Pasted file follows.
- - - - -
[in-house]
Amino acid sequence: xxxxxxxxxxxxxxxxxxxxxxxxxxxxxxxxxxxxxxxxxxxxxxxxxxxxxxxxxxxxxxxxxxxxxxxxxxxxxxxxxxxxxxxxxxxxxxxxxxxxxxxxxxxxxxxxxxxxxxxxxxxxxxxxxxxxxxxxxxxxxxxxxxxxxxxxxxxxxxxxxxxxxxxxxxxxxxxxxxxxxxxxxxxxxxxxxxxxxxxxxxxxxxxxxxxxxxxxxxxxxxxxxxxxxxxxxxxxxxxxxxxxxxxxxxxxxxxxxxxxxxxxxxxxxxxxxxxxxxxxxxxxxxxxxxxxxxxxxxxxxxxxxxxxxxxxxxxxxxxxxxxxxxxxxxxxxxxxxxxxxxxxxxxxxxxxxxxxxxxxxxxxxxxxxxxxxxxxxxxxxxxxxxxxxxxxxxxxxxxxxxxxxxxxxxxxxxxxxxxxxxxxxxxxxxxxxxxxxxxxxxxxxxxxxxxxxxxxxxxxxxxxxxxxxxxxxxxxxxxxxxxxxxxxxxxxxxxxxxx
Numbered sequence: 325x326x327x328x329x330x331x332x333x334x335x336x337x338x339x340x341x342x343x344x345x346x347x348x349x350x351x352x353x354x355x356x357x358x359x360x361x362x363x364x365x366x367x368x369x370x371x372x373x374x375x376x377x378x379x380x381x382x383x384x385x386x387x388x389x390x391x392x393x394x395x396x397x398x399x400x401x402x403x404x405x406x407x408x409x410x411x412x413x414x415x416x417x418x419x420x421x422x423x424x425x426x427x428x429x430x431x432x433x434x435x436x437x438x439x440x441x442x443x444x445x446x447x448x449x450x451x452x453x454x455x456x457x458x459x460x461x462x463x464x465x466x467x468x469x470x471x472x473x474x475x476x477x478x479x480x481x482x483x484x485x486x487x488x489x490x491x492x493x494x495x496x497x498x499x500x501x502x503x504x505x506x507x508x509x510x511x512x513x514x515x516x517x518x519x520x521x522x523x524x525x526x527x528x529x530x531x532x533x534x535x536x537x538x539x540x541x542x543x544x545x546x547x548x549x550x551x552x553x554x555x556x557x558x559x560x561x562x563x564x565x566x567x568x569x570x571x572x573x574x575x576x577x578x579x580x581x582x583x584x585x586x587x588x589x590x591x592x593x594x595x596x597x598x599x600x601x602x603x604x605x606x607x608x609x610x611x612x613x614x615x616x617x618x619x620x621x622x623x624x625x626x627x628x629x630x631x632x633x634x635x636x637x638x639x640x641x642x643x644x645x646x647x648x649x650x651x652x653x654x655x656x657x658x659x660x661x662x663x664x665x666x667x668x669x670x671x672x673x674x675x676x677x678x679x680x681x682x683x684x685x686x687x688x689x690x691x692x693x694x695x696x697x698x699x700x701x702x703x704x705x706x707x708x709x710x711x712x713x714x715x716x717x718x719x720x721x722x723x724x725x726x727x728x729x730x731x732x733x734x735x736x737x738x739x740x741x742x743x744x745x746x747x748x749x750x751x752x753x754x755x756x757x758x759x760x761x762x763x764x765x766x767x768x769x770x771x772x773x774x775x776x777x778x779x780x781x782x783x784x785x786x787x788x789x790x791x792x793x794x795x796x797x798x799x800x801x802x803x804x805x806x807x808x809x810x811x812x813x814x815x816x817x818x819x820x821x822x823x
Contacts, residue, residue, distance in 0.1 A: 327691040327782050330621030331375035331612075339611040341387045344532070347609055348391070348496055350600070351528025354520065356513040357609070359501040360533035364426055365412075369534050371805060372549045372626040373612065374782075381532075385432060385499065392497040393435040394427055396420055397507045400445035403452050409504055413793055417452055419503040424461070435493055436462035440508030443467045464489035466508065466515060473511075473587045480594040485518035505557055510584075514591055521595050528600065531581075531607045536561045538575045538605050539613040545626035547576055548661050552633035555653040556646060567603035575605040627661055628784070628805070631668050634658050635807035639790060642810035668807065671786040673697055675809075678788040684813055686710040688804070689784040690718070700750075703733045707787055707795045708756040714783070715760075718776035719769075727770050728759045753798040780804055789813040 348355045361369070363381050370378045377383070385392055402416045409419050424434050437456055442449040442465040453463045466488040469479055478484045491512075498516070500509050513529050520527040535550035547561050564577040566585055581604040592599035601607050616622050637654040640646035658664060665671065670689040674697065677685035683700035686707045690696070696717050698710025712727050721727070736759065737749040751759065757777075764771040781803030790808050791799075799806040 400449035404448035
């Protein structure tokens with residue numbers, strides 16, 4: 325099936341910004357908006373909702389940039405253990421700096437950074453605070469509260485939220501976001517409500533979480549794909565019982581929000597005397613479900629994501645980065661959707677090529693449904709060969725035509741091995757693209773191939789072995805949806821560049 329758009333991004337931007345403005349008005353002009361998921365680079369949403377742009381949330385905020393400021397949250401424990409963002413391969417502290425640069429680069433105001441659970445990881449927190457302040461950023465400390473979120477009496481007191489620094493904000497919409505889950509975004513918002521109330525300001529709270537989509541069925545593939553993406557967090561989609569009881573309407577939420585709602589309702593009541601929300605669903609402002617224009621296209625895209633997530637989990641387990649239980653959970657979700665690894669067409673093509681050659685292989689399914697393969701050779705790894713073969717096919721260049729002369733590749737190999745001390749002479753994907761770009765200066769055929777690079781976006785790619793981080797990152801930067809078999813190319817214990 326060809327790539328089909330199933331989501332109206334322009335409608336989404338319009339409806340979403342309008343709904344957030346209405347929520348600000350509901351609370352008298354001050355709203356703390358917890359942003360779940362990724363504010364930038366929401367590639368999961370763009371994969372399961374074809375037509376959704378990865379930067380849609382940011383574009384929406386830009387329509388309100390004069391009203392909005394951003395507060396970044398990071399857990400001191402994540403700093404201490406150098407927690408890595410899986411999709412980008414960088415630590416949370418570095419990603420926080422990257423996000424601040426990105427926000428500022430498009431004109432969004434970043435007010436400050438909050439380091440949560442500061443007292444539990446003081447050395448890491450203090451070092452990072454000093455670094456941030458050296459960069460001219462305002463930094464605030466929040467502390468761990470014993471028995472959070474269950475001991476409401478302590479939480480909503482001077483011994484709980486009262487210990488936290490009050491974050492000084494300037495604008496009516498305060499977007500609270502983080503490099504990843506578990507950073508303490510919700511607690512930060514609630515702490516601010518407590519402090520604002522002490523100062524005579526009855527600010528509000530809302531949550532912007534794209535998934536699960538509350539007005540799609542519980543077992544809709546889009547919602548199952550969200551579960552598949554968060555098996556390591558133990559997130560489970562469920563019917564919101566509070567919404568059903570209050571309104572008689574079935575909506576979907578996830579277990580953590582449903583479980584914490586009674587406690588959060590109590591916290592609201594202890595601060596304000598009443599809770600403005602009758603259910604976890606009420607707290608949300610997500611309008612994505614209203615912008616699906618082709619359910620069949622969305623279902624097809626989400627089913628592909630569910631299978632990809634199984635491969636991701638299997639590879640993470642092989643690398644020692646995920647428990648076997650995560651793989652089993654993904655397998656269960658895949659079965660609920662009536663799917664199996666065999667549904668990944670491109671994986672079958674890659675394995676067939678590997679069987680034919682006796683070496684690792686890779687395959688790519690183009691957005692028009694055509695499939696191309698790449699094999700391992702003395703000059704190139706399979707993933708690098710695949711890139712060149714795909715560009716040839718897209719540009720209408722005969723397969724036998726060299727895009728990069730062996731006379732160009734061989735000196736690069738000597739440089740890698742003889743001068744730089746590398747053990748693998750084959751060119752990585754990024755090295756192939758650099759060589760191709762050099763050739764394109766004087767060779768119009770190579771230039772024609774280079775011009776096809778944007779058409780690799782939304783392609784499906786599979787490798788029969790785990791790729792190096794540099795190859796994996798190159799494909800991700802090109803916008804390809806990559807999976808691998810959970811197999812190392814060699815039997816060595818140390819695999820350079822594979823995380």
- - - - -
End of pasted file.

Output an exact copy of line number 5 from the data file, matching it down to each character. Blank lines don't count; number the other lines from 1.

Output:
């Protein structure tokens with residue numbers, strides 16, 4: 325099936341910004357908006373909702389940039405253990421700096437950074453605070469509260485939220501976001517409500533979480549794909565019982581929000597005397613479900629994501645980065661959707677090529693449904709060969725035509741091995757693209773191939789072995805949806821560049 329758009333991004337931007345403005349008005353002009361998921365680079369949403377742009381949330385905020393400021397949250401424990409963002413391969417502290425640069429680069433105001441659970445990881449927190457302040461950023465400390473979120477009496481007191489620094493904000497919409505889950509975004513918002521109330525300001529709270537989509541069925545593939553993406557967090561989609569009881573309407577939420585709602589309702593009541601929300605669903609402002617224009621296209625895209633997530637989990641387990649239980653959970657979700665690894669067409673093509681050659685292989689399914697393969701050779705790894713073969717096919721260049729002369733590749737190999745001390749002479753994907761770009765200066769055929777690079781976006785790619793981080797990152801930067809078999813190319817214990 326060809327790539328089909330199933331989501332109206334322009335409608336989404338319009339409806340979403342309008343709904344957030346209405347929520348600000350509901351609370352008298354001050355709203356703390358917890359942003360779940362990724363504010364930038366929401367590639368999961370763009371994969372399961374074809375037509376959704378990865379930067380849609382940011383574009384929406386830009387329509388309100390004069391009203392909005394951003395507060396970044398990071399857990400001191402994540403700093404201490406150098407927690408890595410899986411999709412980008414960088415630590416949370418570095419990603420926080422990257423996000424601040426990105427926000428500022430498009431004109432969004434970043435007010436400050438909050439380091440949560442500061443007292444539990446003081447050395448890491450203090451070092452990072454000093455670094456941030458050296459960069460001219462305002463930094464605030466929040467502390468761990470014993471028995472959070474269950475001991476409401478302590479939480480909503482001077483011994484709980486009262487210990488936290490009050491974050492000084494300037495604008496009516498305060499977007500609270502983080503490099504990843506578990507950073508303490510919700511607690512930060514609630515702490516601010518407590519402090520604002522002490523100062524005579526009855527600010528509000530809302531949550532912007534794209535998934536699960538509350539007005540799609542519980543077992544809709546889009547919602548199952550969200551579960552598949554968060555098996556390591558133990559997130560489970562469920563019917564919101566509070567919404568059903570209050571309104572008689574079935575909506576979907578996830579277990580953590582449903583479980584914490586009674587406690588959060590109590591916290592609201594202890595601060596304000598009443599809770600403005602009758603259910604976890606009420607707290608949300610997500611309008612994505614209203615912008616699906618082709619359910620069949622969305623279902624097809626989400627089913628592909630569910631299978632990809634199984635491969636991701638299997639590879640993470642092989643690398644020692646995920647428990648076997650995560651793989652089993654993904655397998656269960658895949659079965660609920662009536663799917664199996666065999667549904668990944670491109671994986672079958674890659675394995676067939678590997679069987680034919682006796683070496684690792686890779687395959688790519690183009691957005692028009694055509695499939696191309698790449699094999700391992702003395703000059704190139706399979707993933708690098710695949711890139712060149714795909715560009716040839718897209719540009720209408722005969723397969724036998726060299727895009728990069730062996731006379732160009734061989735000196736690069738000597739440089740890698742003889743001068744730089746590398747053990748693998750084959751060119752990585754990024755090295756192939758650099759060589760191709762050099763050739764394109766004087767060779768119009770190579771230039772024609774280079775011009776096809778944007779058409780690799782939304783392609784499906786599979787490798788029969790785990791790729792190096794540099795190859796994996798190159799494909800991700802090109803916008804390809806990559807999976808691998810959970811197999812190392814060699815039997816060595818140390819695999820350079822594979823995380």